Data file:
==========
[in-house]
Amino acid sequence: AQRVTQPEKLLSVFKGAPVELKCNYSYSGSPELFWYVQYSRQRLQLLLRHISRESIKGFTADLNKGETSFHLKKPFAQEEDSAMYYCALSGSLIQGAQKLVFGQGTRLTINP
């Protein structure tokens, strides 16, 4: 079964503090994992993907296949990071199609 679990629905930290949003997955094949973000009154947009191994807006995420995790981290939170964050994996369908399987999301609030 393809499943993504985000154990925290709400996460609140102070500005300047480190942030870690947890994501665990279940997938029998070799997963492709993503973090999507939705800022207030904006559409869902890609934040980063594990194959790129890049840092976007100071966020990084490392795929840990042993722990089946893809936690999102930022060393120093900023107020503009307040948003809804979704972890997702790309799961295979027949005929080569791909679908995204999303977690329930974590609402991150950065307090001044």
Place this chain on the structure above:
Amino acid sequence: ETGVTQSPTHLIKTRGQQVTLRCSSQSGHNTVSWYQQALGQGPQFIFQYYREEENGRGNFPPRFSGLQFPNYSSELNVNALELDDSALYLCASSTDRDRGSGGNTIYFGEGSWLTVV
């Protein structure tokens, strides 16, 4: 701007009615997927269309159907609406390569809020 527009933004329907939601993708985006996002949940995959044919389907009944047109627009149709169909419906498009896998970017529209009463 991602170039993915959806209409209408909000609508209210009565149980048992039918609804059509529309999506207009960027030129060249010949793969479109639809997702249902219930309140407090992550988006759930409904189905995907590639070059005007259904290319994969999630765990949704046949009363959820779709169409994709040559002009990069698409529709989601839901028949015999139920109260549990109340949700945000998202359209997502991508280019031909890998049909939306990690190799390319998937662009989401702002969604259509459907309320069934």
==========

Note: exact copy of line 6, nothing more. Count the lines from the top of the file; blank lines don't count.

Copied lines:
């Protein structure tokens, strides 16, 4: 701007009615997927269309159907609406390569809020 527009933004329907939601993708985006996002949940995959044919389907009944047109627009149709169909419906498009896998970017529209009463 991602170039993915959806209409209408909000609508209210009565149980048992039918609804059509529309999506207009960027030129060249010949793969479109639809997702249902219930309140407090992550988006759930409904189905995907590639070059005007259904290319994969999630765990949704046949009363959820779709169409994709040559002009990069698409529709989601839901028949015999139920109260549990109340949700945000998202359209997502991508280019031909890998049909939306990690190799390319998937662009989401702002969604259509459907309320069934």